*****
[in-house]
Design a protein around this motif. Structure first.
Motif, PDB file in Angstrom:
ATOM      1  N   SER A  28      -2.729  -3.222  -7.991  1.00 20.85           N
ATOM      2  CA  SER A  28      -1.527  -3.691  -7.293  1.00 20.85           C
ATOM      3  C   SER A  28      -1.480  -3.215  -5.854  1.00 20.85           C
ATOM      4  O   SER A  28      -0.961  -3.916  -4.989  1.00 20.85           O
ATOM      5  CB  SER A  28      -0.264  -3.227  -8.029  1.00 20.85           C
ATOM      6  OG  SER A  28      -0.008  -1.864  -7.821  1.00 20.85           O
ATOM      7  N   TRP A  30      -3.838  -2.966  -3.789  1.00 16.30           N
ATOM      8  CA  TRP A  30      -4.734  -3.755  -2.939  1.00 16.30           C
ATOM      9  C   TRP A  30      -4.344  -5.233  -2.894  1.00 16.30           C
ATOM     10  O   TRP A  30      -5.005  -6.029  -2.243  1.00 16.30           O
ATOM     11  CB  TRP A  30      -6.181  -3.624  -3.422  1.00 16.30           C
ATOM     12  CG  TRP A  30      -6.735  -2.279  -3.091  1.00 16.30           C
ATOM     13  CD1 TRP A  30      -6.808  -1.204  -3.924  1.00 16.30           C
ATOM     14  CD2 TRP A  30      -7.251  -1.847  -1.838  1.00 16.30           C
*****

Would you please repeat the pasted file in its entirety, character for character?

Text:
[in-house]
Design a protein around this motif. Structure first.
Motif, PDB file in Angstrom:
ATOM      1  N   SER A  28      -2.729  -3.222  -7.991  1.00 20.85           N
ATOM      2  CA  SER A  28      -1.527  -3.691  -7.293  1.00 20.85           C
ATOM      3  C   SER A  28      -1.480  -3.215  -5.854  1.00 20.85           C
ATOM      4  O   SER A  28      -0.961  -3.916  -4.989  1.00 20.85           O
ATOM      5  CB  SER A  28      -0.264  -3.227  -8.029  1.00 20.85           C
ATOM      6  OG  SER A  28      -0.008  -1.864  -7.821  1.00 20.85           O
ATOM      7  N   TRP A  30      -3.838  -2.966  -3.789  1.00 16.30           N
ATOM      8  CA  TRP A  30      -4.734  -3.755  -2.939  1.00 16.30           C
ATOM      9  C   TRP A  30      -4.344  -5.233  -2.894  1.00 16.30           C
ATOM     10  O   TRP A  30      -5.005  -6.029  -2.243  1.00 16.30           O
ATOM     11  CB  TRP A  30      -6.181  -3.624  -3.422  1.00 16.30           C
ATOM     12  CG  TRP A  30      -6.735  -2.279  -3.091  1.00 16.30           C
ATOM     13  CD1 TRP A  30      -6.808  -1.204  -3.924  1.00 16.30           C
ATOM     14  CD2 TRP A  30      -7.251  -1.847  -1.838  1.00 16.30           C